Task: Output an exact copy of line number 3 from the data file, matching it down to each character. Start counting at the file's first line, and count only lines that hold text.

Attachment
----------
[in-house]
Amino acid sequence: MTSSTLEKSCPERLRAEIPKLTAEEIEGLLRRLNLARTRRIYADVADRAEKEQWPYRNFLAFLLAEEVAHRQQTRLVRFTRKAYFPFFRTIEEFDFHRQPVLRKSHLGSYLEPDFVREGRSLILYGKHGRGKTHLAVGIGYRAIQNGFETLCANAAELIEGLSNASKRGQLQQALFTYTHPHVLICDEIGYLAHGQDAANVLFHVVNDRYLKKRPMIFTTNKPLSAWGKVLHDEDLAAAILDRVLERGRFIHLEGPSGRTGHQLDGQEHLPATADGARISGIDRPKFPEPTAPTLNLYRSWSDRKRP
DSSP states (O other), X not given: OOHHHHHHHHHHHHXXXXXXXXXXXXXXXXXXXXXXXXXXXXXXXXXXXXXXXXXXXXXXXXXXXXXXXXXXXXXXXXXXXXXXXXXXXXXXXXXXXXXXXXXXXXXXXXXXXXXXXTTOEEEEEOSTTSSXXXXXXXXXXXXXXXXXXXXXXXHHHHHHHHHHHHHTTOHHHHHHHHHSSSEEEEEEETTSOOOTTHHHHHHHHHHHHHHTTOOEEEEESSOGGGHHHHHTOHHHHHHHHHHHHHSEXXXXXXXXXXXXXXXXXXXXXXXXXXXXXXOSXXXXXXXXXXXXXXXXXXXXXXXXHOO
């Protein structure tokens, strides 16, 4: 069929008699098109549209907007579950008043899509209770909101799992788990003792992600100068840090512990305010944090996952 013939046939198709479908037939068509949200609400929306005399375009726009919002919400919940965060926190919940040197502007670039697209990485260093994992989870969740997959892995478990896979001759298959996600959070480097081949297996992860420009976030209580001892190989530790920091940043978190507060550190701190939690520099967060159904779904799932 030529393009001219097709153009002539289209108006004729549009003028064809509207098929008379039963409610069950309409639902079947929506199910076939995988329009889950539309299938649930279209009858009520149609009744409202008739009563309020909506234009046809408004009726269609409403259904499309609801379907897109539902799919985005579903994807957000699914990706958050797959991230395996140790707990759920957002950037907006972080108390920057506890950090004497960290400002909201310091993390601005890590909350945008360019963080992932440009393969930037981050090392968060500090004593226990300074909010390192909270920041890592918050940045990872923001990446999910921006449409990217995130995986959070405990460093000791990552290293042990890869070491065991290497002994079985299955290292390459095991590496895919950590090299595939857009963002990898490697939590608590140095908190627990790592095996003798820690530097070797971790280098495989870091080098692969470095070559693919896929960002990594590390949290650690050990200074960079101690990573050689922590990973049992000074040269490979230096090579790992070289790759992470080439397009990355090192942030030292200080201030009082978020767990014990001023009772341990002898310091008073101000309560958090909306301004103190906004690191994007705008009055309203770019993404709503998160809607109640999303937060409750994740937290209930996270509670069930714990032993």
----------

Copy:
DSSP states (O other), X not given: OOHHHHHHHHHHHHXXXXXXXXXXXXXXXXXXXXXXXXXXXXXXXXXXXXXXXXXXXXXXXXXXXXXXXXXXXXXXXXXXXXXXXXXXXXXXXXXXXXXXXXXXXXXXXXXXXXXXXTTOEEEEEOSTTSSXXXXXXXXXXXXXXXXXXXXXXXHHHHHHHHHHHHHTTOHHHHHHHHHSSSEEEEEEETTSOOOTTHHHHHHHHHHHHHHTTOOEEEEESSOGGGHHHHHTOHHHHHHHHHHHHHSEXXXXXXXXXXXXXXXXXXXXXXXXXXXXXXOSXXXXXXXXXXXXXXXXXXXXXXXXHOO